Serial.begin(9600);
}

void loop ()
{
  // Read the analog interface
  analogVal = analogRead(analogPin);
  Serial.println(analogVal); // print analog value
  delay(100);
}
Linear Hall Sensor - Analog Output
Linear Hall Sensor Analog Output

Linear Hall Sensor Digital Output

For the digital input connection we connect the signal pin with a digital input pin of the microcontroller. Because the signal is digital and only gives us a 0 or 1, we have to make sure that the sensitivity of the sensor is well calibrated with the potentiometer.

In this example we also measure the strength of the magnet, but we do not see the polarity. Moreover we do not know the relative strength of the magnet. We only know that our threshold, calibrated with the potentiomenter) was exceeded if we get the 1 as result of the measurement.

int digitalPin = 8; // linear Hall digital interface
int digitalVal;     // digital readings

void setup ()
{
  pinMode(digitalPin, INPUT); 
  Serial.begin(9600);
}

void loop ()
{
  // Read the digital interface
  digitalVal = digitalRead(digitalPin);
  Serial.println(digitalVal); // print digital value
  delay(100);
}
Linear Hall Sensor Digital Output
Linear Hall Sensor Digital Arduino

Magnetic Hall Sensor (KY-003)

The KY-003 magnetic Hall sensor is a digital sensor and is therefore only able to operate as switch. Maybe you know a reed switch? I also wrote an entire article about this switch, you can find here. The reed switch is also a magnetic switch. But how do you know if you better use a magnetic hall sensor as switch or a reed switch? In the following table I compared the two different magnetic switches with the advantages and disadvantages.

 Magnetic Hall Sensor (KY-003)Reed Switch (KY-025, KY-021)
Switch FunctionTransducer that varies the output voltage depending on the presents of a magnetic field.Pair of ferrous metal contacts. If contracts are open, there is no electrical contact. The contacts are closed by a magnet near the switch and opened by removing the magnet.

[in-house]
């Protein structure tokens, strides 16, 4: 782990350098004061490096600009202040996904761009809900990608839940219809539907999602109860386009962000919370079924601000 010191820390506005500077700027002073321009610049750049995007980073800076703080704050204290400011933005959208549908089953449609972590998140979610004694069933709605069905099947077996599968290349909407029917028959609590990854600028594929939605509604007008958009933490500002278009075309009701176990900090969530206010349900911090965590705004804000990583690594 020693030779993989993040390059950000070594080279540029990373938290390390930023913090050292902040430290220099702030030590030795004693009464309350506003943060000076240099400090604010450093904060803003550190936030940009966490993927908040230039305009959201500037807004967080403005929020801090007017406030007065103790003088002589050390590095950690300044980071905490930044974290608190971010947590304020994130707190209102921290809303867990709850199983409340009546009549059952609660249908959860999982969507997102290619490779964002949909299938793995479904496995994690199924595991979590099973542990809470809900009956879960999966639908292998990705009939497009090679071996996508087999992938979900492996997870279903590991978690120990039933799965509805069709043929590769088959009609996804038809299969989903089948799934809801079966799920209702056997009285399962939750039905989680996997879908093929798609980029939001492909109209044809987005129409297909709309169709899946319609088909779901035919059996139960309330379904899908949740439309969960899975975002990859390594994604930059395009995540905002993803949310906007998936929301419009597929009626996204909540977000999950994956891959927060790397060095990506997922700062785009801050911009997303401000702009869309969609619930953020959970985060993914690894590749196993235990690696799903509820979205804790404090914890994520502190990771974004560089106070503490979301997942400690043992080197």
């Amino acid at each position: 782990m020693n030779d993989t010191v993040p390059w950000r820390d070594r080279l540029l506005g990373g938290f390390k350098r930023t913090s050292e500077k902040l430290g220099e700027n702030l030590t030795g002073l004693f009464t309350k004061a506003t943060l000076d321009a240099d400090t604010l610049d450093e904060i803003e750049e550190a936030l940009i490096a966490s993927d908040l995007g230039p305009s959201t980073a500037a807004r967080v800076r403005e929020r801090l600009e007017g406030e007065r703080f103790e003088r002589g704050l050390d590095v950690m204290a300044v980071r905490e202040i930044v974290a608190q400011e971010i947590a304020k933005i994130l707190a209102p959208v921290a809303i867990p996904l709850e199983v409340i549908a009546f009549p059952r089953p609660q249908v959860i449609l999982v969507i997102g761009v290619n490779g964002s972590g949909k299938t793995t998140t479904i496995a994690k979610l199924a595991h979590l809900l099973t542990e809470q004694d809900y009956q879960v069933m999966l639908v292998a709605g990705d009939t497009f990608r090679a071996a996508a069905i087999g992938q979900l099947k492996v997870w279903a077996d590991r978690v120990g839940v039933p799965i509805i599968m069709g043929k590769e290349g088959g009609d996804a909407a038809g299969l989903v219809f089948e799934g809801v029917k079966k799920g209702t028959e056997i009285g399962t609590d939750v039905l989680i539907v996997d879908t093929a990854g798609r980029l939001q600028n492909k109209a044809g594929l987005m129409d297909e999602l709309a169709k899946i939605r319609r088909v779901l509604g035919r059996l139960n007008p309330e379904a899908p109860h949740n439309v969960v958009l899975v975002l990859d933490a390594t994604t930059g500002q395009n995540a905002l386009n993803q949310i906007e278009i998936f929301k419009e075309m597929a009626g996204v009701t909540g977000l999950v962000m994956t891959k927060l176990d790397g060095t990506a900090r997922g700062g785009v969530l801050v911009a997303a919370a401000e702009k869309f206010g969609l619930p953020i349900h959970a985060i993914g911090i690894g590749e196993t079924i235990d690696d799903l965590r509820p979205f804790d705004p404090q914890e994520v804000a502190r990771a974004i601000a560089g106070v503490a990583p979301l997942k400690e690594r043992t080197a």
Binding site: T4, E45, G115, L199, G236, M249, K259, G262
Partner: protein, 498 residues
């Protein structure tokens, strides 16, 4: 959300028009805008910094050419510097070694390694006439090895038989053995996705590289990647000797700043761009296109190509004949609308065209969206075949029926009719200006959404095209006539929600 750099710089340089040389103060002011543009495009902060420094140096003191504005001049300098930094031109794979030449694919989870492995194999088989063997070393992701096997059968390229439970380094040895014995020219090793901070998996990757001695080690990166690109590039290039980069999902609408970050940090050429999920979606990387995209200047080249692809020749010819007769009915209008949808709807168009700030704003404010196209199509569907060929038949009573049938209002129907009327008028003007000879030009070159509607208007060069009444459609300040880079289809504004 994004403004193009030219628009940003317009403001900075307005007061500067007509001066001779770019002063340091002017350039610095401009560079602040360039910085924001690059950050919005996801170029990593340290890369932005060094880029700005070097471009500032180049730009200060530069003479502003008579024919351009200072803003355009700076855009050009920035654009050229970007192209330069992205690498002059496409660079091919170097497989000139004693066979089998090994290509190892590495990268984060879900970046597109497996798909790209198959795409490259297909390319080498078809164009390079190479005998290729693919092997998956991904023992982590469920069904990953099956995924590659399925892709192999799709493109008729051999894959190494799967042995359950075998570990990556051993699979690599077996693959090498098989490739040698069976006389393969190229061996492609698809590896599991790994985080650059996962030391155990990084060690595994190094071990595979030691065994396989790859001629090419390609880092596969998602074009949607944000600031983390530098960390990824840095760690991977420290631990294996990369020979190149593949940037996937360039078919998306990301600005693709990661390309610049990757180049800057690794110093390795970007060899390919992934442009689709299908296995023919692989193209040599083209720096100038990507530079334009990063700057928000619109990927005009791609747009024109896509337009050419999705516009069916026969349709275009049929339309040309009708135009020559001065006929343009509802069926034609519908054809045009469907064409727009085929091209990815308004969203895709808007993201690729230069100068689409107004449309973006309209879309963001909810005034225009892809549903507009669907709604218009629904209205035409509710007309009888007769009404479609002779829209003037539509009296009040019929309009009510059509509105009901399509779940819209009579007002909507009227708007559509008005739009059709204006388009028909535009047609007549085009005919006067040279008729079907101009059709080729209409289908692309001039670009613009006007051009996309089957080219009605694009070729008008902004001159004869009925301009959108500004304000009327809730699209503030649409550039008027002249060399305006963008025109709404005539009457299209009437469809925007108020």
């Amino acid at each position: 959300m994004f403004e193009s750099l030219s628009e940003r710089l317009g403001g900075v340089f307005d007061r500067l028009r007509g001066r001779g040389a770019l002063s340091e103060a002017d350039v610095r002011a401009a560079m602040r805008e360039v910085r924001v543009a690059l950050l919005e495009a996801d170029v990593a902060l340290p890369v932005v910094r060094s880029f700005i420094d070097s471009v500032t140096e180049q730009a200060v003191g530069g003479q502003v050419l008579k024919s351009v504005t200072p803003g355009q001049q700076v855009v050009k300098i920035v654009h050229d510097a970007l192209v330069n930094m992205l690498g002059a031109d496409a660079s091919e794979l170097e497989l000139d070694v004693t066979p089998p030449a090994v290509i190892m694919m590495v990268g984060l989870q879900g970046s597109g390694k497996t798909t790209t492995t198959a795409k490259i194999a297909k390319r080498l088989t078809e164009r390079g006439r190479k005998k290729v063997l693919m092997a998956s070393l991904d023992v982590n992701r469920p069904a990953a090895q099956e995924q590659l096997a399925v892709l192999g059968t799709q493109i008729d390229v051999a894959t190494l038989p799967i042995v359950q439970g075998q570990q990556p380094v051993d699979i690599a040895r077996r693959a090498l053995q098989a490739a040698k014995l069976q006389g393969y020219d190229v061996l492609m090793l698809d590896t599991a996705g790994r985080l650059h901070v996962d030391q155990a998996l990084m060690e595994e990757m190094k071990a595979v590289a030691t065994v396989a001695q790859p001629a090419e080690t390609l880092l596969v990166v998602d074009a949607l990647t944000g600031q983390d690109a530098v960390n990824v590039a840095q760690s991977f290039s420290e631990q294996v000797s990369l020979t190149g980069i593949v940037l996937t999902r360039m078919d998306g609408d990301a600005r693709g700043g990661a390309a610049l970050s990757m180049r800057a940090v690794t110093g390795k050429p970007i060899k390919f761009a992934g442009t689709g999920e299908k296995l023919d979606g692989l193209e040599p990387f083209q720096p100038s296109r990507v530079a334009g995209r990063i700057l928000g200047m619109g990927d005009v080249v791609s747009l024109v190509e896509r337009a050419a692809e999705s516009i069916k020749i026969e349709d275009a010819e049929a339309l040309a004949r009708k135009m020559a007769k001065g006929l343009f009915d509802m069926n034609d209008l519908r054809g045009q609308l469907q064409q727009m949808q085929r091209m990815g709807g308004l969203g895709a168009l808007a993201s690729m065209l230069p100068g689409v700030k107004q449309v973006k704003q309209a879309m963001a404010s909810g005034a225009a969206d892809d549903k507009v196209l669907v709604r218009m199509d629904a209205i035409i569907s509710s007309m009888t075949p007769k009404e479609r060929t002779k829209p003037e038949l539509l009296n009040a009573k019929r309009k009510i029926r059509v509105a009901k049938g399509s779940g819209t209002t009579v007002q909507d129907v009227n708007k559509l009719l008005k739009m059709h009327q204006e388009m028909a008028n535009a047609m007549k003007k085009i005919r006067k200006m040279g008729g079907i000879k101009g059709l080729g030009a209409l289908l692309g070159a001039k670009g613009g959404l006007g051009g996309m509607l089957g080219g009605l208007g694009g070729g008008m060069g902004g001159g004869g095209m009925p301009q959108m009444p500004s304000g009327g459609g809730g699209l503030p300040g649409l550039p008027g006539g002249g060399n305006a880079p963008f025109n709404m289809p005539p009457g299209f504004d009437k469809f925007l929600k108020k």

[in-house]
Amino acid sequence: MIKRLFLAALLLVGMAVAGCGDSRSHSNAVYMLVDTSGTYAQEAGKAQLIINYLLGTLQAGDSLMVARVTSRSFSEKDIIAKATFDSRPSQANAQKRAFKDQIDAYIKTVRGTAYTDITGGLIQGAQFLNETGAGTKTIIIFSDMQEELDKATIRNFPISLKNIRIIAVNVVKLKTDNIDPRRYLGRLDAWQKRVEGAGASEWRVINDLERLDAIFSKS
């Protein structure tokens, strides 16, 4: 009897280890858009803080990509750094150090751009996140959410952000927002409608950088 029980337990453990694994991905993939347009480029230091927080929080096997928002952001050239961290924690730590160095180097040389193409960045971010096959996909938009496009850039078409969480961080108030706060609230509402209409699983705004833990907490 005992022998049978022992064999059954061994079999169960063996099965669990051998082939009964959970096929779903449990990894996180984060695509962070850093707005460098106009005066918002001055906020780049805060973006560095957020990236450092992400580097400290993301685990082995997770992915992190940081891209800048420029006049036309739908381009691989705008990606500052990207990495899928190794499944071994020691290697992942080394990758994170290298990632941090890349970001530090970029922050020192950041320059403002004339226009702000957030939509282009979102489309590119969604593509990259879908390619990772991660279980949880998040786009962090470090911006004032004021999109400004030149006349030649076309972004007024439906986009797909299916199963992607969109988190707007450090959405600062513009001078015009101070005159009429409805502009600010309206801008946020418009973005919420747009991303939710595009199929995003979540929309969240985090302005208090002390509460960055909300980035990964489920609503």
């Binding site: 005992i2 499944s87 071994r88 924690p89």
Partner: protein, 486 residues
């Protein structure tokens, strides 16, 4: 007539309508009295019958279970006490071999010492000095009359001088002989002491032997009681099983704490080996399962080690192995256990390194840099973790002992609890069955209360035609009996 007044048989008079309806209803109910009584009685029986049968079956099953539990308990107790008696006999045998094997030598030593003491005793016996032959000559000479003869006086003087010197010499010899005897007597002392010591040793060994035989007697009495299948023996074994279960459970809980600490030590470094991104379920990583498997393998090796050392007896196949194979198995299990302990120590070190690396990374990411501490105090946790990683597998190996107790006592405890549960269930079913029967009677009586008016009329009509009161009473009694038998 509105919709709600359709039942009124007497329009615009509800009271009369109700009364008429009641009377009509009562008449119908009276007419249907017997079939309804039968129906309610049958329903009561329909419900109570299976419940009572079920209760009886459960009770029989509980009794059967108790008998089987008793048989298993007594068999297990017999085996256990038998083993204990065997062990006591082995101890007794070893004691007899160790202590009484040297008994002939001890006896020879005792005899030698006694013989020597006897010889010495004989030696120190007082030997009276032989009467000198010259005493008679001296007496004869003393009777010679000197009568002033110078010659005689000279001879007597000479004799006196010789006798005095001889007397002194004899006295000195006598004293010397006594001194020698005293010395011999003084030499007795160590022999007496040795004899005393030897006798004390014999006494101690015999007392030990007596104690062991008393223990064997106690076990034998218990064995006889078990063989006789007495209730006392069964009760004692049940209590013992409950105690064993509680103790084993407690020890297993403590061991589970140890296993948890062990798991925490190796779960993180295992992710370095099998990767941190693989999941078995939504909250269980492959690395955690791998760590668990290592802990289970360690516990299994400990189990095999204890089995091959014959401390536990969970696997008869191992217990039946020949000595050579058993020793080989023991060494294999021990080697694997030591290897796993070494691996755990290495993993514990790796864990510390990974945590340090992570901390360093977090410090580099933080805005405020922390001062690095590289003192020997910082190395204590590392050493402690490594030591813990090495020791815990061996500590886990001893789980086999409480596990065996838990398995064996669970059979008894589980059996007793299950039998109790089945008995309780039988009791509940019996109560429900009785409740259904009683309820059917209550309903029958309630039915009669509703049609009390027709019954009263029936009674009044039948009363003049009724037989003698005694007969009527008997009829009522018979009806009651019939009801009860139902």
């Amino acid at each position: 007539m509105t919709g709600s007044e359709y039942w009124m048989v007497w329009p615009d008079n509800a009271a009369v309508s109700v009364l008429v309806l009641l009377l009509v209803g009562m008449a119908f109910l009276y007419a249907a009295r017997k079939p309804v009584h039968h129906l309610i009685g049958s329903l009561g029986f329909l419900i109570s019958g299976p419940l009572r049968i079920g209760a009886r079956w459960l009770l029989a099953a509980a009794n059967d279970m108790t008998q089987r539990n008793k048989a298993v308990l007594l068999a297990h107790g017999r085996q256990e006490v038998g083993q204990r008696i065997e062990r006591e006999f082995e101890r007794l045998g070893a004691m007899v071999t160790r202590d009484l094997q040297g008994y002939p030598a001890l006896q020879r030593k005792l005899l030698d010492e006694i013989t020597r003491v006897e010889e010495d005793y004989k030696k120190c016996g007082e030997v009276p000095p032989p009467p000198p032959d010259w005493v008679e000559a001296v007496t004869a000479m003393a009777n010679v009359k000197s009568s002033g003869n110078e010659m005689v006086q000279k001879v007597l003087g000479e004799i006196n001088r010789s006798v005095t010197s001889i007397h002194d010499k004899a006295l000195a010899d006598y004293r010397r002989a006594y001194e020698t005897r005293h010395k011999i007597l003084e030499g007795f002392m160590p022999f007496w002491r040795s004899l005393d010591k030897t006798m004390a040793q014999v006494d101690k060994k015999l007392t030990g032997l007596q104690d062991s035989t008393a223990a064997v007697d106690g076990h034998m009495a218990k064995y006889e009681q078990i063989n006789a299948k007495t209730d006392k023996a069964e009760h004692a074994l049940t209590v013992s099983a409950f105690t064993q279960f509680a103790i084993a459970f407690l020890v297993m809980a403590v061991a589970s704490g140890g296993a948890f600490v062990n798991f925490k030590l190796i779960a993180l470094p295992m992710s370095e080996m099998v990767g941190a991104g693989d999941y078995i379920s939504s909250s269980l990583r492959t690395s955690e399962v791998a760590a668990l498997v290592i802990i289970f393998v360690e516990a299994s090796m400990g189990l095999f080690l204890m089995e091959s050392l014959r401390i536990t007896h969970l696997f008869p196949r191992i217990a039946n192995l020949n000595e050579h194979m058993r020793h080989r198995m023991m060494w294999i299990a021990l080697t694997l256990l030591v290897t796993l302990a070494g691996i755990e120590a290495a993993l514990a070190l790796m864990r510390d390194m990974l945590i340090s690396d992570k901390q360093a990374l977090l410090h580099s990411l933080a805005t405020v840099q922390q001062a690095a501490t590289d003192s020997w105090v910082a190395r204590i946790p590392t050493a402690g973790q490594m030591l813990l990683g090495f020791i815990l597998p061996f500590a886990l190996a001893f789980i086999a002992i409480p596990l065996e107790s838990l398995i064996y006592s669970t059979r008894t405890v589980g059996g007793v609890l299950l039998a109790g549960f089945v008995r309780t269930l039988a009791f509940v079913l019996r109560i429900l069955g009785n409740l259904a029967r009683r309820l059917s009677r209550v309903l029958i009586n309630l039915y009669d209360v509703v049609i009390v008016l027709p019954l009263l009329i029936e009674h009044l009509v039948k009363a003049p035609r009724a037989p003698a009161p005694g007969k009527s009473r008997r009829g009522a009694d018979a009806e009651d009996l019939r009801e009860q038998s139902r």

Magnet – Sensor OrientationMagnet has to be perpendicular to magnetic hall sensorMagnet has to be parallel to reed switch
Advantages
  • No moving parts involved
  • No debouncing effect
  • Cheaper than magnetic hall sensor
Disadvantages
  • More expensive than reed switch
  • Has moving parts that are not able to operate over frequencies greater 10 kHz
  • Switch has debouncing effect like all switches

It is not possible to measure how strong the magnetic field is with the magnetic hall sensor. The operation voltage of the KY-003 is between 3.3V and 5V. This module is able to operate under high temperature conditions due to the maximal operating temperature of 85°C or 358 Kelvin.

In the next video you see that I can not turn off or on the sensor with the same polarity. Therefore I have to change the polarity to trigger the magnetic sensor. To visualize if the sensor or the switch is turned on or off, I used a LED.

int led = 9 ;       // LED
int hallsensor = 8; // magnetic Hall digital interface
int digitalVal;     // digital readings

void setup ()
{
  pinMode(led, OUTPUT); 
  pinMode(hallsensor, INPUT); 
  Serial.begin(9600);
}

void loop ()
{
  // Read the digital interface
  digitalVal = digitalRead(hallsensor);
  // when the Hall sensor detects a magnetic field, turn LED on
  if (digitalVal == LOW) 
  {
    digitalWrite (led, HIGH);
  }
  else
  {
    digitalWrite (led, LOW);
  }
  delay(100);
}
Magnetic Hall Sensor

Conclusion

Hall sensors are a nice way to realize projects, where the sensor itself is hidden. An example could be that you want to update a system or restart a system, where the whole system is build in a wall. In this case you could trigger the action with a simple magnet touching the wall.
Did you liked the article? If you have any questions, please use the comment section below to ask.